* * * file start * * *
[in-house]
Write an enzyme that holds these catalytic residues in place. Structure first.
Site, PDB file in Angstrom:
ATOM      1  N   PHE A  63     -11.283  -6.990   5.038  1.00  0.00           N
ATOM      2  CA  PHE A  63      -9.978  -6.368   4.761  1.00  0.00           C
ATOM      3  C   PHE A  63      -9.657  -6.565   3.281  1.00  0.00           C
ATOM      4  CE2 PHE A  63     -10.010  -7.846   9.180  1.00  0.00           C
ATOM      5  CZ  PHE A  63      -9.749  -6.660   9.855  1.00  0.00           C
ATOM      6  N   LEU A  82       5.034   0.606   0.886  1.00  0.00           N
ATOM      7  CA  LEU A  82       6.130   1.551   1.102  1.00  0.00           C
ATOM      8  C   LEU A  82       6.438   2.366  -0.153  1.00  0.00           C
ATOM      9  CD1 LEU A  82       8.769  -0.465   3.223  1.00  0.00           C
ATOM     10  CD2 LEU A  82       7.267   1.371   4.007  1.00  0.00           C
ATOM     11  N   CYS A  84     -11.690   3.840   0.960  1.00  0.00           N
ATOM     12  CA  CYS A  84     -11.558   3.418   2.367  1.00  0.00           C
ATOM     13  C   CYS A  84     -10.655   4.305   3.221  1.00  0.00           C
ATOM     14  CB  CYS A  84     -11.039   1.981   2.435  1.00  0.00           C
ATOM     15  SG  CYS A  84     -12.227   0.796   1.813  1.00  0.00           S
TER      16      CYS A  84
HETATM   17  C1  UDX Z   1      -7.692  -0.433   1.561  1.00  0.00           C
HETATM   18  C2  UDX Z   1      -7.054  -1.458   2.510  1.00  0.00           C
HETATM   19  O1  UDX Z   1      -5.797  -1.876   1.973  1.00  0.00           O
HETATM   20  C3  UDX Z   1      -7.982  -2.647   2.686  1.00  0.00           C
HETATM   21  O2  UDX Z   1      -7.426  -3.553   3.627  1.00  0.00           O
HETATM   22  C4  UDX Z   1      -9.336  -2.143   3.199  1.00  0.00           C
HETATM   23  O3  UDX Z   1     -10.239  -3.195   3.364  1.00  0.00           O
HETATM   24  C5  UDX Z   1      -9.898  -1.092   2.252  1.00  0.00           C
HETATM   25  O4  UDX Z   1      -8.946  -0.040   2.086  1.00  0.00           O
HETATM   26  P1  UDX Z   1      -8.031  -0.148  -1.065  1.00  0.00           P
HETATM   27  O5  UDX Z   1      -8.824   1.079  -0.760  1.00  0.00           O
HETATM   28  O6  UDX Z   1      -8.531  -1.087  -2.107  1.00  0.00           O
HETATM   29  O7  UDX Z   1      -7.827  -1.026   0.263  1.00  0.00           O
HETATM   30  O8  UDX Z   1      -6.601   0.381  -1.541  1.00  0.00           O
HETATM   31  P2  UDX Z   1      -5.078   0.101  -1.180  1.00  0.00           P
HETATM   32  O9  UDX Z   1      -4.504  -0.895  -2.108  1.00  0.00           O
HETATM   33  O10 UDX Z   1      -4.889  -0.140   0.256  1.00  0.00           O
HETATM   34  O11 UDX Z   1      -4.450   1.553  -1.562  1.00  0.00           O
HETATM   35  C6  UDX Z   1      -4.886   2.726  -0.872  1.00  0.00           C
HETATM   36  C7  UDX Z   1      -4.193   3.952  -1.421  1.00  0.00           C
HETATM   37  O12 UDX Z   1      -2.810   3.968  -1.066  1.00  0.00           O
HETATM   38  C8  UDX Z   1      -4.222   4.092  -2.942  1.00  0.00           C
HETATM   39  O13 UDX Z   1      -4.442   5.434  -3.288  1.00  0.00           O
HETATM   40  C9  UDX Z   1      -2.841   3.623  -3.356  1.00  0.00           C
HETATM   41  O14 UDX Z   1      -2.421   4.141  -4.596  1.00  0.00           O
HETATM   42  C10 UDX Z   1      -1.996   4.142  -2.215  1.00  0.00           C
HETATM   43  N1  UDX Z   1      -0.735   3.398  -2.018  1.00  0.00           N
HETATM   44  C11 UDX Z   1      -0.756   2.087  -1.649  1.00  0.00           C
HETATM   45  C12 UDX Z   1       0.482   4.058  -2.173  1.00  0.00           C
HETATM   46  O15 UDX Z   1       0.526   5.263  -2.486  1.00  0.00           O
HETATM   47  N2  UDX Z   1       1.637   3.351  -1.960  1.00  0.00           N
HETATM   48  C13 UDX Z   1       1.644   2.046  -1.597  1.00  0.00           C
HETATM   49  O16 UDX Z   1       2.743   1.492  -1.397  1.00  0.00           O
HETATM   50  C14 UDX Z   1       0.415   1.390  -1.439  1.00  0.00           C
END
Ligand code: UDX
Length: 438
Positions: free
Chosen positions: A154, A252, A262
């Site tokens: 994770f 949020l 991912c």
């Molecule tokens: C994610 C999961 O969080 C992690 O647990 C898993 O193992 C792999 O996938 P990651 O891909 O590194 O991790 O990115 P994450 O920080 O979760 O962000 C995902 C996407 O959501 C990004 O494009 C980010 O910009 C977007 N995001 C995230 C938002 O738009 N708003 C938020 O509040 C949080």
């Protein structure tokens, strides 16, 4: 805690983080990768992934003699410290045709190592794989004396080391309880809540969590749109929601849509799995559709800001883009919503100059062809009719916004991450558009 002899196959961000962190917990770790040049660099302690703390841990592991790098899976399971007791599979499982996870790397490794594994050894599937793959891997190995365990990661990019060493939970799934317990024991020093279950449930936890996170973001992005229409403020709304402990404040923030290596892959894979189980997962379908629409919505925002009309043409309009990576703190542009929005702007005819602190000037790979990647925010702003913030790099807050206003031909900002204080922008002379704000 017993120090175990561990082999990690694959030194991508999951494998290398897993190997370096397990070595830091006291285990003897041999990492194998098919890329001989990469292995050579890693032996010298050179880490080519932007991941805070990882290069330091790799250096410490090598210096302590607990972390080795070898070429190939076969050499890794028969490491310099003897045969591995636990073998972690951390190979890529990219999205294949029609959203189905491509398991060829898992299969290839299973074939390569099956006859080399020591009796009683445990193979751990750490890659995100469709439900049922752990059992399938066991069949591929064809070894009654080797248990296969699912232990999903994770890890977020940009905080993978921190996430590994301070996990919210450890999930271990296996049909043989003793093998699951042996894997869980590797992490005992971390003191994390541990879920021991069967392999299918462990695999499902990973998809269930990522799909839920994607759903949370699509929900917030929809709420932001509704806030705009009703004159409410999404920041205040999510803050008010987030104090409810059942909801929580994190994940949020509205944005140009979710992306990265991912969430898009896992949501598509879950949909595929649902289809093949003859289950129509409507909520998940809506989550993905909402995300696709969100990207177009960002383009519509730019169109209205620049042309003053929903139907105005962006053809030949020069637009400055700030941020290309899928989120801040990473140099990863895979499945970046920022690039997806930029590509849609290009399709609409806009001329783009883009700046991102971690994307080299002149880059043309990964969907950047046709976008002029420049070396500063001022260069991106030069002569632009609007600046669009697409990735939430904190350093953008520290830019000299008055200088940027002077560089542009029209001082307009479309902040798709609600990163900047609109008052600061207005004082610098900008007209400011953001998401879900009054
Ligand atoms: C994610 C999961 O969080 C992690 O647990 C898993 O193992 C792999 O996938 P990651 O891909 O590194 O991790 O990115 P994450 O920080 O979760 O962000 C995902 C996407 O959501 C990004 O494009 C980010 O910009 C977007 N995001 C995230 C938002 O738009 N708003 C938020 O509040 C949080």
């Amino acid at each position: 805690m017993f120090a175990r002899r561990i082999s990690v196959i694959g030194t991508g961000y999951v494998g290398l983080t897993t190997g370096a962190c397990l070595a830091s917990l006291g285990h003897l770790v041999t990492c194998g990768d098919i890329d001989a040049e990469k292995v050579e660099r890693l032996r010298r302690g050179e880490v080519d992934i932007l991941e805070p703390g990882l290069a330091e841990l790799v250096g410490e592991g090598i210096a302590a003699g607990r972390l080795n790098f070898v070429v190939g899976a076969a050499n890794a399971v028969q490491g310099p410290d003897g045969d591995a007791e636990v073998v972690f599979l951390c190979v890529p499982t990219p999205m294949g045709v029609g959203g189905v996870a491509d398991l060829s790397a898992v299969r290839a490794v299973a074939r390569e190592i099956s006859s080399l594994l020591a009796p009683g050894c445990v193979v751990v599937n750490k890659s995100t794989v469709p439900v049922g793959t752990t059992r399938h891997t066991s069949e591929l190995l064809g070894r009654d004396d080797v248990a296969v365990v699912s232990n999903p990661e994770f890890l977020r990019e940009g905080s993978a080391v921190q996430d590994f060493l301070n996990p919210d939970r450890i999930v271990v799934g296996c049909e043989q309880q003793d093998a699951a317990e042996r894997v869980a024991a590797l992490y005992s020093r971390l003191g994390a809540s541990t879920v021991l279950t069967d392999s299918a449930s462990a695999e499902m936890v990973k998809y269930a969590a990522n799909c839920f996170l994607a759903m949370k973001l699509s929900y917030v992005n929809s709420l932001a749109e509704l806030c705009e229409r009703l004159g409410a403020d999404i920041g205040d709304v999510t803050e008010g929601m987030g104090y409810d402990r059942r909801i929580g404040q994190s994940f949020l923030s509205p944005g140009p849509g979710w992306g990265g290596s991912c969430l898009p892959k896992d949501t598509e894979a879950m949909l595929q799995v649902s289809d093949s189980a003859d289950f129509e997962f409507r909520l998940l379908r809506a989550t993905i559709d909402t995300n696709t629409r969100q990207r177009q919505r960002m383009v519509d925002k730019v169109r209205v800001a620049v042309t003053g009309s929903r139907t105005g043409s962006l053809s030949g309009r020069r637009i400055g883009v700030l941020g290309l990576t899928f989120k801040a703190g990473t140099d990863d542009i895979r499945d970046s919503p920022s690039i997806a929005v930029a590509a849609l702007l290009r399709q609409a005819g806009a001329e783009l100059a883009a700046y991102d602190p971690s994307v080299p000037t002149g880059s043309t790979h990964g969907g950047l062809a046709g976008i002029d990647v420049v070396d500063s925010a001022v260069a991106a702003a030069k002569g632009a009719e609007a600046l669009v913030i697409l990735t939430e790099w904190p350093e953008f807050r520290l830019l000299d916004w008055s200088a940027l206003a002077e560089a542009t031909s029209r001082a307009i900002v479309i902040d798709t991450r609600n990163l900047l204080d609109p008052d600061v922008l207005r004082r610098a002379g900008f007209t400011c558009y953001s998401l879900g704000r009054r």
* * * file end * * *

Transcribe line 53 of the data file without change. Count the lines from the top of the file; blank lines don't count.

HETATM   50  C14 UDX Z   1       0.415   1.390  -1.439  1.00  0.00           C